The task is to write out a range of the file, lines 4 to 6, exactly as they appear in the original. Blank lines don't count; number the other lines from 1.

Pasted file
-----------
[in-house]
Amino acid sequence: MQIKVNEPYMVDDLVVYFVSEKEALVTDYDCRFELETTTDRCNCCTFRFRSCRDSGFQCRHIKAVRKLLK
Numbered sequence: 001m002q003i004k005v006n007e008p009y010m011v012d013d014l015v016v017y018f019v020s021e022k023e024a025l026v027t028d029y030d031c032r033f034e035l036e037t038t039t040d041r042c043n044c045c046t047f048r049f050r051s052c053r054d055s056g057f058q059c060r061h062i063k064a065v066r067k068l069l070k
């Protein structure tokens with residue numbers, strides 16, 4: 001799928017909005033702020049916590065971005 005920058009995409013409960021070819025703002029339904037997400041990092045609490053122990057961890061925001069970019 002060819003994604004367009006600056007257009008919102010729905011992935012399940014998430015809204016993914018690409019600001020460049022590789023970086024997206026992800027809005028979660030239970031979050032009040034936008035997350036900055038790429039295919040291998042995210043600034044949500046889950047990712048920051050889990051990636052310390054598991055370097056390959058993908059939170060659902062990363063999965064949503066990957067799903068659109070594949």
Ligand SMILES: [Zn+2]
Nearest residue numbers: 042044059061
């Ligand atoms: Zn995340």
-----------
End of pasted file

């Protein structure tokens with residue numbers, strides 16, 4: 001799928017909005033702020049916590065971005 005920058009995409013409960021070819025703002029339904037997400041990092045609490053122990057961890061925001069970019 002060819003994604004367009006600056007257009008919102010729905011992935012399940014998430015809204016993914018690409019600001020460049022590789023970086024997206026992800027809005028979660030239970031979050032009040034936008035997350036900055038790429039295919040291998042995210043600034044949500046889950047990712048920051050889990051990636052310390054598991055370097056390959058993908059939170060659902062990363063999965064949503066990957067799903068659109070594949």
Ligand SMILES: [Zn+2]
Nearest residue numbers: 042044059061